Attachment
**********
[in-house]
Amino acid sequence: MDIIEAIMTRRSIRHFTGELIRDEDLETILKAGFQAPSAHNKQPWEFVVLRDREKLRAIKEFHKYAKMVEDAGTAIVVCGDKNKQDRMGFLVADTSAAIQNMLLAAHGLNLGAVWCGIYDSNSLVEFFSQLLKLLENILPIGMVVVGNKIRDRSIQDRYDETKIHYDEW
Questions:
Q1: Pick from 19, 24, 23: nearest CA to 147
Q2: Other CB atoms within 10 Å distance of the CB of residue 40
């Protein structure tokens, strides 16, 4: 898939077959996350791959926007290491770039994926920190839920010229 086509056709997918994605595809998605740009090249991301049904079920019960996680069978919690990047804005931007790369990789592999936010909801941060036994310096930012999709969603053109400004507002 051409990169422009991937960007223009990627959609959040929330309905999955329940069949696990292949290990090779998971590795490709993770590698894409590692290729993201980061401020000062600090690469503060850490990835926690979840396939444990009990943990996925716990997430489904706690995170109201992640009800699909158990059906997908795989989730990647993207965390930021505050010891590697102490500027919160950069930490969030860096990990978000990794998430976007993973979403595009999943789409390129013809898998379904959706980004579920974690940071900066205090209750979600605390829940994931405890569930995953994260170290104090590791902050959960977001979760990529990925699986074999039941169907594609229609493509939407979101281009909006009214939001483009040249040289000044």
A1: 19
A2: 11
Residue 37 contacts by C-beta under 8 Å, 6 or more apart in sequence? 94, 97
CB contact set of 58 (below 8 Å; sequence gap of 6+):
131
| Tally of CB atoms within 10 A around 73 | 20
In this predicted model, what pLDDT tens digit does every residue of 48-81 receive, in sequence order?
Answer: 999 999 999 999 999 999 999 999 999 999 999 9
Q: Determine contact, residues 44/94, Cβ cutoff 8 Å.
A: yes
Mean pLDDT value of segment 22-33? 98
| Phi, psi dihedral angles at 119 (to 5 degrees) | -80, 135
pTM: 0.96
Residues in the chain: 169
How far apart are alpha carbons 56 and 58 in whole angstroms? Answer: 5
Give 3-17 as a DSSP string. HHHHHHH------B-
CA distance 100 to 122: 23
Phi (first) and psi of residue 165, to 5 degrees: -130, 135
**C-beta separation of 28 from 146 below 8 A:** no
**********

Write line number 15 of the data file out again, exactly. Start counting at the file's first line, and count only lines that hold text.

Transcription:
Q: Determine contact, residues 44/94, Cβ cutoff 8 Å.